Targeting Inhibitory Neurons to Improve Cognitive Function in Down Syndrome Kids

A recent research points to the possibility of targeting 21 gene OLIG of the human chromosome. The research, conducted at Rutgers University, has made progress towards understanding the extra chromosome that causes down syndrome. Cognitive function in individuals with down syndrome is impaired due to the presence of 21 gene OLIG. The researchers intend to target this gene to help individuals with down syndrome.

Individuals with down syndrome have an extra pair of chromosomes that interferes with the cognitive and physical development. Normal babies are born with 23 pairs of chromosomes. In babies with down syndrome, there is an added copy of the 21st pair of chromosomes. The researchers plan to target 21 gene OLIG2 during prenatal therapy. This could assist them in reversing the process of abnormal brain development.

Decoding Human Neurons

The two brain neurons, inhibitory and excitatory, help in improving the cognitive function in individuals. The researchers, thus, want to target these neurons during pre-birth testing. Discussions around down-syndrome have often pointed to the need for improved prenatal procedures. Hence, the new research could be a means to bridge the gap between medical conceptualization and testing.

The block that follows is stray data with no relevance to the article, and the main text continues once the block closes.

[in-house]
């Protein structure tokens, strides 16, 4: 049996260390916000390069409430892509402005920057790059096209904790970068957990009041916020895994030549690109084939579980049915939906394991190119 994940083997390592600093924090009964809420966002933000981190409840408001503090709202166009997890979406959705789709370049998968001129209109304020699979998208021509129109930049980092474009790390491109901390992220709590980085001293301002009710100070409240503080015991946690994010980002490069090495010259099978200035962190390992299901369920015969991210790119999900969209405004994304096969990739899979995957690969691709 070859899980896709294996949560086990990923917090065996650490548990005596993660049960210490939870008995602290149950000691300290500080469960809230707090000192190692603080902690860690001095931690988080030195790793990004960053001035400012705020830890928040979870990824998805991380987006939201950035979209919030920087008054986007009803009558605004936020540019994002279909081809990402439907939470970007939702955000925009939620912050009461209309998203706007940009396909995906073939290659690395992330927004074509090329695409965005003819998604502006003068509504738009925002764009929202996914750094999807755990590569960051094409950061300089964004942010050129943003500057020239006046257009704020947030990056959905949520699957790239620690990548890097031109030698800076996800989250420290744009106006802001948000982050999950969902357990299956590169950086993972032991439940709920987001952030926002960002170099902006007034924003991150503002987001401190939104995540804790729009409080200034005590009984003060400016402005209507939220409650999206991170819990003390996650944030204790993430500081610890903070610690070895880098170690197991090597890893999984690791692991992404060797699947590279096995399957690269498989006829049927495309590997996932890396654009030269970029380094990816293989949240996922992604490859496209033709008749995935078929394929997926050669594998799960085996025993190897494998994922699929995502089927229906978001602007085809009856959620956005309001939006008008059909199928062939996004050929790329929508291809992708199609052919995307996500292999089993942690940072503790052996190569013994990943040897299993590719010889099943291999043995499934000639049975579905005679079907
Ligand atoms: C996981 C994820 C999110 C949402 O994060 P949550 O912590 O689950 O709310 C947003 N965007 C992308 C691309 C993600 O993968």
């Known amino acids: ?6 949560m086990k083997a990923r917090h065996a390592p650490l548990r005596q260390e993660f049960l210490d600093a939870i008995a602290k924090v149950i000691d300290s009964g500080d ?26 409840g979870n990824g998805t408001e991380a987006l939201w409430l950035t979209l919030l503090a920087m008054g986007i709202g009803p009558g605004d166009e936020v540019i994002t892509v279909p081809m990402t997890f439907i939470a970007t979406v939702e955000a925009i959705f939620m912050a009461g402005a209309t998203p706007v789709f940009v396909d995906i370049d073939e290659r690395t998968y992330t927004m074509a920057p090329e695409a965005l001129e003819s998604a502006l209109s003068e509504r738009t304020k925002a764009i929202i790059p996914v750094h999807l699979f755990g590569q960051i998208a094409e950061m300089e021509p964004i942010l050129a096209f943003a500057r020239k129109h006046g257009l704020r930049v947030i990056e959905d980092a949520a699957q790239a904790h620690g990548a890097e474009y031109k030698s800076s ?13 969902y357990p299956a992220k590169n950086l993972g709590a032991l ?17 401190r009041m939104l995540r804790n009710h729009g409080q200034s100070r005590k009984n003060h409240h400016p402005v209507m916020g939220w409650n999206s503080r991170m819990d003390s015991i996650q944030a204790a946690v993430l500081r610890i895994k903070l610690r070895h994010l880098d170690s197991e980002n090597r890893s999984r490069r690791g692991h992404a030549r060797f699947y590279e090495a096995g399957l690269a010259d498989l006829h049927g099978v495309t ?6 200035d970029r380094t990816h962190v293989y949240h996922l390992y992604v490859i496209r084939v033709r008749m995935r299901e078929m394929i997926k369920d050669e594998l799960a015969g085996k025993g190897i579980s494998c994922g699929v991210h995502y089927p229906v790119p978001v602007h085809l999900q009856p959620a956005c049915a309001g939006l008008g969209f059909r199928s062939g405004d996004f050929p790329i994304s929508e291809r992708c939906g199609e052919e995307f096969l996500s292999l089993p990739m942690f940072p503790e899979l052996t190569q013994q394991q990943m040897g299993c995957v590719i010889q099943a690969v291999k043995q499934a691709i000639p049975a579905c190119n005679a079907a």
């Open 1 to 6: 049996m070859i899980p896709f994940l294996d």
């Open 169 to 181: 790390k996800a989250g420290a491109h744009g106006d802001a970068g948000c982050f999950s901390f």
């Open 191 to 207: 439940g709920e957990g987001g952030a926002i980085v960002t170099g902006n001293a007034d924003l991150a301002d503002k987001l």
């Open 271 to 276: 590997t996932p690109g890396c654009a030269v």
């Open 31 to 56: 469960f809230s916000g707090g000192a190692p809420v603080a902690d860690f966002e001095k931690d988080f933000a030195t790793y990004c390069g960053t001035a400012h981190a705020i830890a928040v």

Research Methodology and Findings

The researchers collected samples of skin cells for people with down syndrome. The cells were reprogrammed to pluripotent stem cells for the purpose of testing and analysis. Human-induced pluripotent stem cells resemble embryonic stem cells, and this was a good cue for researchers. These cells act as tremendous test samples for disease modelling and drug development. The researchers also used a 3D model of a mouse brain and a model of human brain. 

It was found that both, the mouse brain and the 3D model, overproduced inhibitory neurons. This neuron led to cognitive lags in subject mice, and led researchers to draw important inferences. The researchers are in the process of developing a mechanism to subside the effect of inhibitory neurons.

Author: Rohit Bhisey

As Head of Marketing at TMR Research, Rohit brings to the table over a decade of experience in market research and Internet marketing. His dedication, perseverance, and passion for perfection have enabled him to achieve immense success in his field. Rohit is an expert at formulating new business plans and strategies to help boost web traffic. His interests lie in writing news articles on technology,healthcare and business.

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